Thinking of buying some pretty high-heeled summer sandals? Our new foot and ankle specialist, Dr. Robert Schopf, diagnoses and treats many cases of foot pain and damage brought on by choosing pumps over flats for the office or after hours. One important condition resulting from high heels and/or too-tight shoes is called Morton’s Neuroma.
What is Morton’s Neuroma
The symptoms of Morton’s Neuroma — thickening of the tissue around the nerve between the bases of your third and fourth toes — include foot pain, odd sensation and/or numbness over the ball of the foot. It is 8 to 10 times more common in women than in men.
Initial treatment recommendations for Morton’s Neuroma, which actually is a benign nerve tumor, are usually nonsurgical. Orthopedists recommend wearing wider shoes with soft soles and avoiding high heels or tight shoes. This change in footwear choice allows your bones to spread out and can minimize pressure on the affected nerve, offering it time to heal.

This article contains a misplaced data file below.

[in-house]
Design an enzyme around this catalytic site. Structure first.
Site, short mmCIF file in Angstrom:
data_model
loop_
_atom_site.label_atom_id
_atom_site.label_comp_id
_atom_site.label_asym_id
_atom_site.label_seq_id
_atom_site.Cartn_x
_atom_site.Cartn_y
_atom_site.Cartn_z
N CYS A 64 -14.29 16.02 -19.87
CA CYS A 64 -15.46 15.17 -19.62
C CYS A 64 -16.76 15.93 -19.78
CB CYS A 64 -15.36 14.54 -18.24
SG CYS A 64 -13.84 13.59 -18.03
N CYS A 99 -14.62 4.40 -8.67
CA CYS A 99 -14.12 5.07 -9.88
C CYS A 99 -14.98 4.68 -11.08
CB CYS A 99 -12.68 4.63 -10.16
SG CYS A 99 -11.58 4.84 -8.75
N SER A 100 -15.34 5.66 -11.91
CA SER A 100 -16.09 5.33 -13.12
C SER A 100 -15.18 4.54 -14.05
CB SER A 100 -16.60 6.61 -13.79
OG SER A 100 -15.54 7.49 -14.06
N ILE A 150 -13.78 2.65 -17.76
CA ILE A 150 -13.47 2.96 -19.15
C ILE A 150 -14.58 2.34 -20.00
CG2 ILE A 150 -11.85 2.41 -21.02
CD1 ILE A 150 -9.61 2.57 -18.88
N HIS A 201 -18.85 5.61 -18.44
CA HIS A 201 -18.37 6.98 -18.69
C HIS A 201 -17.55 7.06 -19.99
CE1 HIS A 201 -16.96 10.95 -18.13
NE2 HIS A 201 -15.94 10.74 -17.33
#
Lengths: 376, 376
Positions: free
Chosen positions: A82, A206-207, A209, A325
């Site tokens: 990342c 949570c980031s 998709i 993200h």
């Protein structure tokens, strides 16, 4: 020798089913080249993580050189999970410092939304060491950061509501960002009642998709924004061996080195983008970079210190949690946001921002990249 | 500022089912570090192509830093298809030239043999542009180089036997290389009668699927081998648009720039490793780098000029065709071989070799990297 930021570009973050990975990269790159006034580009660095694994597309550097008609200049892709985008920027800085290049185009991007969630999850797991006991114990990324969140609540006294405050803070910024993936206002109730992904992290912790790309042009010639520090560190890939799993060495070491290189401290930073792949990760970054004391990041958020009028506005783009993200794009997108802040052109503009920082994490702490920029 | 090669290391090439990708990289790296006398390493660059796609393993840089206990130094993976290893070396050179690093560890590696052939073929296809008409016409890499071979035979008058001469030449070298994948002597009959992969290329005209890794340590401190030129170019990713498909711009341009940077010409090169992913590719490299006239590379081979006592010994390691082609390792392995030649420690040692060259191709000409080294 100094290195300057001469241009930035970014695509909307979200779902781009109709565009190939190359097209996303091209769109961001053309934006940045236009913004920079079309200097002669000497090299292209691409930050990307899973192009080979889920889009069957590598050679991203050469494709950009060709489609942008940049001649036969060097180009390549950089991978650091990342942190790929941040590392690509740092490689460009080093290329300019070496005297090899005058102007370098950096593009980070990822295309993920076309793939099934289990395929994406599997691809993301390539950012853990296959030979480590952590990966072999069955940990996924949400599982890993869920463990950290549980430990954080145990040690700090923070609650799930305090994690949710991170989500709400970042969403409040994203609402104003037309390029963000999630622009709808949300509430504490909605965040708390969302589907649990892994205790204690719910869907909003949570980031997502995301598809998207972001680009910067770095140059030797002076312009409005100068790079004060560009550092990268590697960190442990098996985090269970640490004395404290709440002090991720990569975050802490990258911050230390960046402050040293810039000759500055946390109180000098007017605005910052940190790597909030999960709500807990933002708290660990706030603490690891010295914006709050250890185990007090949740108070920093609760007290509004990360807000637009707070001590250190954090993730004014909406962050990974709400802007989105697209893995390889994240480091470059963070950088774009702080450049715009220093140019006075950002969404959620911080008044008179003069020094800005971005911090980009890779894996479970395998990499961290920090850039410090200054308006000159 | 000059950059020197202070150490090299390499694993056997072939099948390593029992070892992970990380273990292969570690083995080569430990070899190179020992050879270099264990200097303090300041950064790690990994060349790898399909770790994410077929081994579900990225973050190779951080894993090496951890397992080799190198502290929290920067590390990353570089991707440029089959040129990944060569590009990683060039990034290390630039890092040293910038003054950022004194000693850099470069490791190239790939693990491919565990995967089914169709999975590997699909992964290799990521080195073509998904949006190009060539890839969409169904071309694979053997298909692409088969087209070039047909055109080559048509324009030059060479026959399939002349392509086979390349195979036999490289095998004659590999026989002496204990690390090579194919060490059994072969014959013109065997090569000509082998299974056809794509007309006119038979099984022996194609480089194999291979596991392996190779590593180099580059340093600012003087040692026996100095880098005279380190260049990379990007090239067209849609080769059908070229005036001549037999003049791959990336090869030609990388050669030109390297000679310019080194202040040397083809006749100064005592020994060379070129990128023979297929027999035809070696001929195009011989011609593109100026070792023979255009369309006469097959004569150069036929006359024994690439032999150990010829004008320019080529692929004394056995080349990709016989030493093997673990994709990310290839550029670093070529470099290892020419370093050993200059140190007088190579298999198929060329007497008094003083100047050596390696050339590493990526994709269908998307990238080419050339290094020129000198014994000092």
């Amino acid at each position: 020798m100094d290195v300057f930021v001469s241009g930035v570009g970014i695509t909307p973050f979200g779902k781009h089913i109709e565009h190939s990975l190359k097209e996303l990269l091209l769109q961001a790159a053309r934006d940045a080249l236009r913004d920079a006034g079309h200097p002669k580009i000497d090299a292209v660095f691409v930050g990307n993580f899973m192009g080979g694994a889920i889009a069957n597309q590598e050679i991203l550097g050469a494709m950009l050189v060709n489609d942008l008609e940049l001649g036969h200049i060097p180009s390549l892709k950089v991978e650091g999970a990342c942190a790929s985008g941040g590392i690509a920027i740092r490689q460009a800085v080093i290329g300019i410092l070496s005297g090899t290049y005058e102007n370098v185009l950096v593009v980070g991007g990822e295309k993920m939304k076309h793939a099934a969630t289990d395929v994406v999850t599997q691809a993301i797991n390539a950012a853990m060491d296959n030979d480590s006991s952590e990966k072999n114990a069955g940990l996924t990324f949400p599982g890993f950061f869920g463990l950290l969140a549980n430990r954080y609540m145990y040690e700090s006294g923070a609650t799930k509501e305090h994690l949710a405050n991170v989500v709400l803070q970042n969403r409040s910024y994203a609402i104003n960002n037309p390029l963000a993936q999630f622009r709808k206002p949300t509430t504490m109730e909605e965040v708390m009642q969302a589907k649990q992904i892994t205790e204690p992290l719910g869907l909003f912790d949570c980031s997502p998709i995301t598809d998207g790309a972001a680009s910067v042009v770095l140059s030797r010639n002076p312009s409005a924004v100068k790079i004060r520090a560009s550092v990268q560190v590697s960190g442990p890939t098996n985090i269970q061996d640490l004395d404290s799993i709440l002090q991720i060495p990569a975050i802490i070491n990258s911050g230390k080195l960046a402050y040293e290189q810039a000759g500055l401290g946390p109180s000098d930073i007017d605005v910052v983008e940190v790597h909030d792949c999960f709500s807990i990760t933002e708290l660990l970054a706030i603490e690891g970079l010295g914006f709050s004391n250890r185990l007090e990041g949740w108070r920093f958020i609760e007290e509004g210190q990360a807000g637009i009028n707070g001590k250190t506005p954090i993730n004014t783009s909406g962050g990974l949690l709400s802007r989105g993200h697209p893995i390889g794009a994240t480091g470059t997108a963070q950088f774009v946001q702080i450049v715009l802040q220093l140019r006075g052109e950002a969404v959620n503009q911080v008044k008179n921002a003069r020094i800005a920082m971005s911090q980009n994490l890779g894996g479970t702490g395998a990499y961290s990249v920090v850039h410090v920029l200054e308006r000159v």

Custom shoe inserts or pads may also help relieve foot pain and irritation by supporting and separating the bones to reduce nerve pressure. According to studies, a combination of the above recommendations plus nonsteroidal anti-inflammatory medication and cortisone injections, achieves relief in over 80 percent of patients with Morton’s Neuroma.
However, if these more conservative measures fail to relieve your symptoms, your orthopedic surgeon may need to discuss other treatment options, including removing a small portion of the nerve or releasing the tissue around the nerve. Fortunately, only a brief recovery period is required.
The prevention of this foot problem is key: limit time in high heels and/or wear wide-toe-box shoes, which are high and broad across the toes. When it’s too late for prevention, we’re here for you at Sideline Orthopedics and Sports Medicine. Please contact us at (540) 552-7133 or schedule online for expert help in counteracting or surgically correcting podiatry-related problems.